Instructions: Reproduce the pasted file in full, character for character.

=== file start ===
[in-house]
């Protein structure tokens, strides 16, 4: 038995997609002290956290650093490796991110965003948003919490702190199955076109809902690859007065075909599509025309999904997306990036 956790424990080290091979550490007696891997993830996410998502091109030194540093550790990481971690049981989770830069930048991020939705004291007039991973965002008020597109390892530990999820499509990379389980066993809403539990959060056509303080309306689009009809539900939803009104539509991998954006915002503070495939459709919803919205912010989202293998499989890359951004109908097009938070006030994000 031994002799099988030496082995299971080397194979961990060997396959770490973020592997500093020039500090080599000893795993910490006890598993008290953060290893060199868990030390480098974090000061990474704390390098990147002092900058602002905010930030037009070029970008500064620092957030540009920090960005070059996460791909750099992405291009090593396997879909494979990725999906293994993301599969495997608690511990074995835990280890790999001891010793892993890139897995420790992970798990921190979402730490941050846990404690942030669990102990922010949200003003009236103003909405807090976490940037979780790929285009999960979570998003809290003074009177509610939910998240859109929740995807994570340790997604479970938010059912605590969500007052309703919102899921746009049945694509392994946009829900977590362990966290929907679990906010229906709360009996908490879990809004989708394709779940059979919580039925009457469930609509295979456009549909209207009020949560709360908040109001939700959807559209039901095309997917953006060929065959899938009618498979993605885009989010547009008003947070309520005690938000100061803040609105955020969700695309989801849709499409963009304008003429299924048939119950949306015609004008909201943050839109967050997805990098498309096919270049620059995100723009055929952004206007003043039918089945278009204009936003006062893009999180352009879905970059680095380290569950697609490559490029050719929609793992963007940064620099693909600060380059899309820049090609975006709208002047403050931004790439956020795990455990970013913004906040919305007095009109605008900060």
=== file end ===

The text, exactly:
[in-house]
């Protein structure tokens, strides 16, 4: 038995997609002290956290650093490796991110965003948003919490702190199955076109809902690859007065075909599509025309999904997306990036 956790424990080290091979550490007696891997993830996410998502091109030194540093550790990481971690049981989770830069930048991020939705004291007039991973965002008020597109390892530990999820499509990379389980066993809403539990959060056509303080309306689009009809539900939803009104539509991998954006915002503070495939459709919803919205912010989202293998499989890359951004109908097009938070006030994000 031994002799099988030496082995299971080397194979961990060997396959770490973020592997500093020039500090080599000893795993910490006890598993008290953060290893060199868990030390480098974090000061990474704390390098990147002092900058602002905010930030037009070029970008500064620092957030540009920090960005070059996460791909750099992405291009090593396997879909494979990725999906293994993301599969495997608690511990074995835990280890790999001891010793892993890139897995420790992970798990921190979402730490941050846990404690942030669990102990922010949200003003009236103003909405807090976490940037979780790929285009999960979570998003809290003074009177509610939910998240859109929740995807994570340790997604479970938010059912605590969500007052309703919102899921746009049945694509392994946009829900977590362990966290929907679990906010229906709360009996908490879990809004989708394709779940059979919580039925009457469930609509295979456009549909209207009020949560709360908040109001939700959807559209039901095309997917953006060929065959899938009618498979993605885009989010547009008003947070309520005690938000100061803040609105955020969700695309989801849709499409963009304008003429299924048939119950949306015609004008909201943050839109967050997805990098498309096919270049620059995100723009055929952004206007003043039918089945278009204009936003006062893009999180352009879905970059680095380290569950697609490559490029050719929609793992963007940064620099693909600060380059899309820049090609975006709208002047403050931004790439956020795990455990970013913004906040919305007095009109605008900060």